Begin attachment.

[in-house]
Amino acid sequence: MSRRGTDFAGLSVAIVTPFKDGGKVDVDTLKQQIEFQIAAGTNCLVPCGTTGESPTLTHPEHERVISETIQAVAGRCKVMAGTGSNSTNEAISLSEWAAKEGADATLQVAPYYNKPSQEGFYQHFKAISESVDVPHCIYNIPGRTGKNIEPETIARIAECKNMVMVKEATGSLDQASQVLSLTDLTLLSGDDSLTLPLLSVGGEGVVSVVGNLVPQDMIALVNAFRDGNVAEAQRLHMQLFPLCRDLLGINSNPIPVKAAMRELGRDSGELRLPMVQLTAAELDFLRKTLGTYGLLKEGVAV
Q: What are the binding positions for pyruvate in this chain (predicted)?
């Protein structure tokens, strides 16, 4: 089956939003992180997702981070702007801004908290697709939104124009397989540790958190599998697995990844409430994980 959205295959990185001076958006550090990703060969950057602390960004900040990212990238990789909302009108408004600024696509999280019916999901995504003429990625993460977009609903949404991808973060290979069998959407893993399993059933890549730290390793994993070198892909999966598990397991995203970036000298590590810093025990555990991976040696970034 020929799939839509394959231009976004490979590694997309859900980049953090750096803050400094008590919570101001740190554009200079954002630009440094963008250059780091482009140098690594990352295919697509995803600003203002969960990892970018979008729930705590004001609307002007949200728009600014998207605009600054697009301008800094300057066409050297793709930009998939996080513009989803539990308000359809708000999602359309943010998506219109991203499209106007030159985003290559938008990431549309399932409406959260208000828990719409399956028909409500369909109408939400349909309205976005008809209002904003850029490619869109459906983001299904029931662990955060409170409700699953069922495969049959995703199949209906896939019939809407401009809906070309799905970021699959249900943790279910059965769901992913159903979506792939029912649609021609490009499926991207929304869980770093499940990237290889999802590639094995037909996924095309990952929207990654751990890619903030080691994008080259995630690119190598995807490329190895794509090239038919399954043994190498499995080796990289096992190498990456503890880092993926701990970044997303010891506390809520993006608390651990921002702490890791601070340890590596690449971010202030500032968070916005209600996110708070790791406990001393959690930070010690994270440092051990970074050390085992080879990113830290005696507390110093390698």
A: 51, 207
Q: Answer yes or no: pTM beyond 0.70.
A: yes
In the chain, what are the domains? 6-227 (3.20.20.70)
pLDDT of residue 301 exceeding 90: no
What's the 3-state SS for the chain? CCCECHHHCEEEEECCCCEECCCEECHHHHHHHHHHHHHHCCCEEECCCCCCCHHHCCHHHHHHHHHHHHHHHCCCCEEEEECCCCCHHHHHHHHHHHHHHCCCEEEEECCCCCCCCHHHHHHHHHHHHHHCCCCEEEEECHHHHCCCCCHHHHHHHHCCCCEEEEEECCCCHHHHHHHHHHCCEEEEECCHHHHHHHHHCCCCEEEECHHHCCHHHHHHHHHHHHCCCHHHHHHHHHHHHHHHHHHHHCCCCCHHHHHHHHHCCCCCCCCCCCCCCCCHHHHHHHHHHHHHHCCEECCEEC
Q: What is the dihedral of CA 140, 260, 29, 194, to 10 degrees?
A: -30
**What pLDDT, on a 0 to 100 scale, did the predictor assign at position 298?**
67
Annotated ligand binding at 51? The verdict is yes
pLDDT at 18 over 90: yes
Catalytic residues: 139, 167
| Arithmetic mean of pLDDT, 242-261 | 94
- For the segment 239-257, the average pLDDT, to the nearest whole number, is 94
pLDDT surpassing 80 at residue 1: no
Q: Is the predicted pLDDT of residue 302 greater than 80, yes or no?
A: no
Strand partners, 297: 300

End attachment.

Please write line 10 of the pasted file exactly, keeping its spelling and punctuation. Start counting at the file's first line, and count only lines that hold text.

What's the 3-state SS for the chain? CCCECHHHCEEEEECCCCEECCCEECHHHHHHHHHHHHHHCCCEEECCCCCCCHHHCCHHHHHHHHHHHHHHHCCCCEEEEECCCCCHHHHHHHHHHHHHHCCCEEEEECCCCCCCCHHHHHHHHHHHHHHCCCCEEEEECHHHHCCCCCHHHHHHHHCCCCEEEEEECCCCHHHHHHHHHHCCEEEEECCHHHHHHHHHCCCCEEEECHHHCCHHHHHHHHHHHHCCCHHHHHHHHHHHHHHHHHHHHCCCCCHHHHHHHHHCCCCCCCCCCCCCCCCHHHHHHHHHHHHHHCCEECCEEC